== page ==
The 1715 Jacobite Rising is largely considered to be the Rising that should have worked. It had many points in its favour, including a large amount of support across Scotland and England, but it’s mismanagement and poor communication led to its ultimate demise. For many the end of the Rising may be most significant but the start is just as interesting.
From as early as March in 1715 James III & VIII ( the Old Pretender) appealed to the Pope for help with a Jacobite Rising and small events throughout the year increased the tension throughout Britain. The Riot Act was brought out in response to the threat of invasion, the Habeus Corpus Act was suspended and a reward offered for the capture of James.
Still it was not until 6th September 1715 that the Rising began in somewhat unorthodox fashion. A couple of weeks earlier at the end of August the Earl of Mar had travelled from London north to Braemar. Mar was one of the most powerful men in Scotland, he was governor of Stirling Castle and from 1705 was Secretary of State for Scotland. However, when King George I came into power, in 1714, he fell out of favour and left the capital, returning to his estate in Scotland where he took up the Jacobite cause. Here he summoned clan leaders to a grand hunting match. Some say there were as many as 800 men present who went hunting in Glen Quoich. At the Linn of Quoich, a natural bowl carved into the rock was filled with brandy or whisky and the men drank to a Jacobite rising. To this day the ‘Earl of Mars punchbowl’ can still be seen.
Following his hunting party the Earl of Mar declared James II & VIII King of Scotland, England and Ireland at Kirkmichael in Braemar. On 6th September 1715 Mar had begun the 1715 rising. Unfortunately, he had done this without any authority and had neglected to tell James in advance of his planned uprising. Not a wise move. He also failed to recognise that there were wider plans being put into action and he had not coordinated with risings happening south of the border. To add more disaster to the event the ceremony itself did not run smooth.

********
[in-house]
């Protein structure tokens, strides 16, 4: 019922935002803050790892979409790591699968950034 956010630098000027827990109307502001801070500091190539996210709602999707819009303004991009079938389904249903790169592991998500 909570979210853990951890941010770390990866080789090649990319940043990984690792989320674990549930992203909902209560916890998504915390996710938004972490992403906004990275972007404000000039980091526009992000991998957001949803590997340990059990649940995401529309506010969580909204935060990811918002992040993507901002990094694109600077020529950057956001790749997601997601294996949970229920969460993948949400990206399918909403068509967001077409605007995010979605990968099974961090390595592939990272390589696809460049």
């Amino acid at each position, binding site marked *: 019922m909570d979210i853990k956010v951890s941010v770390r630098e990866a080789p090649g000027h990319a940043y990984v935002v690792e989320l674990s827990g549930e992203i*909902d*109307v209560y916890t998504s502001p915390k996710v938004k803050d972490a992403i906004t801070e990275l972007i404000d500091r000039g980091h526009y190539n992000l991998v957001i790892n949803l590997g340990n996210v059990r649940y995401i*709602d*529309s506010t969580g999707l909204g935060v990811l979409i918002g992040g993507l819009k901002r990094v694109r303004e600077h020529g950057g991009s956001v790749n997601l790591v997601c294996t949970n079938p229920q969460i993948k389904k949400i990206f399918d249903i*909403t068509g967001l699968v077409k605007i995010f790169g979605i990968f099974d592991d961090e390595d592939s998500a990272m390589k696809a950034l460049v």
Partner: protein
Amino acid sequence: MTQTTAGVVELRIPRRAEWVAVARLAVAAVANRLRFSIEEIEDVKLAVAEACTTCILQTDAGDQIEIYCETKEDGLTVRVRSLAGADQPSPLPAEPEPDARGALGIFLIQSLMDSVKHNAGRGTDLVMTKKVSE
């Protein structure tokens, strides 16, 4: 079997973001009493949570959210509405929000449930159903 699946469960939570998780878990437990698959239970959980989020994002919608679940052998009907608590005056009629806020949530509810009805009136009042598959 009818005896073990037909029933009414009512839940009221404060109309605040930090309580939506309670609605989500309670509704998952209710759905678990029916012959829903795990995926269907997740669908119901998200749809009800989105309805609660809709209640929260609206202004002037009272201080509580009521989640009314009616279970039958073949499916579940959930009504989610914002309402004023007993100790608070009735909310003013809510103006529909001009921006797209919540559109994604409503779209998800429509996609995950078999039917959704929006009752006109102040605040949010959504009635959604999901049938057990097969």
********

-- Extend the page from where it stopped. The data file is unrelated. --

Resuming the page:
As the Earl of Mar raised the new standard for James III & VIII an ornamental globe fell from the top of the pole. This caused alarm amongst the many spectators and the suspicious Highlanders as it recalled the time when the head of Charles I’s staff fell as he stood trial. It was considered an omen of bad things to come. The site where the standard was raised is now home to the Invercauld Arms Hotel.
The Rising had begun in a less than ideal manner and unfortunately for Mar his fortune did not turn around. He was considered a poor general and when the Rising fell apart he was held for high treason. He was exiled, his title removed and his lands forfeited.
The 1715 would remain a rising of possibilities that never achieved it’s potential. Had it been better coordinated who knows what would have happened but for Mar the Rising was a failure from the beginning to the end.
We hope you enjoyed this short account. As always please like, share, tweet, comment and hopefully events will be more fortuitous for you than Mar.
All the best, K & D